Friday, January 4, 2008

Friday's Primate Party

ROFL. Good one, dude.

I do hope that last week's casualty was honoured like this anonymous monkey in India. (It seems cruel to stop the other monkeys from taking the body away though).

On a much lighter note, the BBC reports that orangs show an involuntary behaviour that resembles contagious laughter.

Dr Marina Davila Ross from the University of Portsmouth commented,


"What is clear now is the building blocks of positive emotional contagion and empathy that refer to rapid involuntary facial mimicry in humans evolved prior to humankind."
I've definitely seen dogs laugh before, but apparently they were thinking more along the lines of an ancestral primate rather than an ancestral mammal.

Speaking of which, kudos to the BBC for the following:


"an ancient primate ancestral to both humans and modern apes".
There is much confusion amongst our creationist friends over whether we are or ain't descended from no monkeys. The question of "if evolution is true, how come there are still monkeys?" still raises its ugly head on a regular basis (who the hell is teaching these people biology?). So it's good to see a mass media outlet specify the nature of this relationship.

BBC, you are forgiven for your recent transgressions. I still love you.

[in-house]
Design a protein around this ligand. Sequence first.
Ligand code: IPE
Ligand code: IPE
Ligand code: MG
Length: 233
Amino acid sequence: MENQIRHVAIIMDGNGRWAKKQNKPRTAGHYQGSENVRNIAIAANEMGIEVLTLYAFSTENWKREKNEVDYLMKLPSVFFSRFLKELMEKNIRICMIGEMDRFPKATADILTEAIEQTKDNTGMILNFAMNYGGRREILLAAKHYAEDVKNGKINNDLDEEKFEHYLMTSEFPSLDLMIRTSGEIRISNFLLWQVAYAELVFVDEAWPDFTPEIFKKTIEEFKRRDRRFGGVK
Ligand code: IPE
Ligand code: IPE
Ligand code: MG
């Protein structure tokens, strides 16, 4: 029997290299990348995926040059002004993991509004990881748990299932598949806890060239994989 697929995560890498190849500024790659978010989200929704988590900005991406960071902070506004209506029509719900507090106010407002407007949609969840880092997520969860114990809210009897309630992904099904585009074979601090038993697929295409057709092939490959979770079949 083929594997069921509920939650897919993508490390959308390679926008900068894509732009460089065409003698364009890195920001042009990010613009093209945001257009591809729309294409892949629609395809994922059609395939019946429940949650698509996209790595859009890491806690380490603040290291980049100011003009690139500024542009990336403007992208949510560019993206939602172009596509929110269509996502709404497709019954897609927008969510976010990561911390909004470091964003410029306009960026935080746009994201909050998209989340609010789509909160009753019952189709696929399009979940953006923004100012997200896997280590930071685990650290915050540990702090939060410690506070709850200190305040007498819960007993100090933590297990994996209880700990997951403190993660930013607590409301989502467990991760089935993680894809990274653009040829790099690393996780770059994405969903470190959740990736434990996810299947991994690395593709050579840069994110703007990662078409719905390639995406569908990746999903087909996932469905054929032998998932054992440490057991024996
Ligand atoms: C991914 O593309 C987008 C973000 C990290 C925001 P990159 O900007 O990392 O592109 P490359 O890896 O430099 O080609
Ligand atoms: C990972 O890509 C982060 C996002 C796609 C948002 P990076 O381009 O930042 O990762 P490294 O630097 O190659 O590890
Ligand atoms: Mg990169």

5 comments:

  1. "The question of 'if evolution is true, how come there are still monkeys?' still raises its ugly head..."

    You must be joking! People can't really think evolution means that on a certain day in the past, all the monkeys simultaneously transformed into humans.

    Although I'm starting to see now why these people believe a "higher being" must be involved....

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  2. Not joking, sadly.

    I only started to really look into this in detail after a creationist website quoted one of my papers completely out of context (long story, described here if you're interested). There is a huge amount of ignorance out there, either wilful or inflicted on the innocent by parents and teachers.

    Terrifying.

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  3. I'm am not at all an evolutionary biologist (though many of my friends are), but don't dogs have some social traits adapted for living with humans? Like awareness of human emotion or something? If so, could that explain dog laughter independently of a shared, laughing mammal ancestor? Am I getting too serious for a post labeled silliness?

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  4. That is a really good point! I'm obviously too constrained by my training in phylogenetic relationships to have thought of that!

    Isn't it funny how distance from a problem sometimes makes someone better at solving it?

    I actually have a couple of posts that have both science and silliness tags. Comments on either part of the equation (or both) are equally welcome!

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  5. Another link to "how come there are still monkeys" idiocy.

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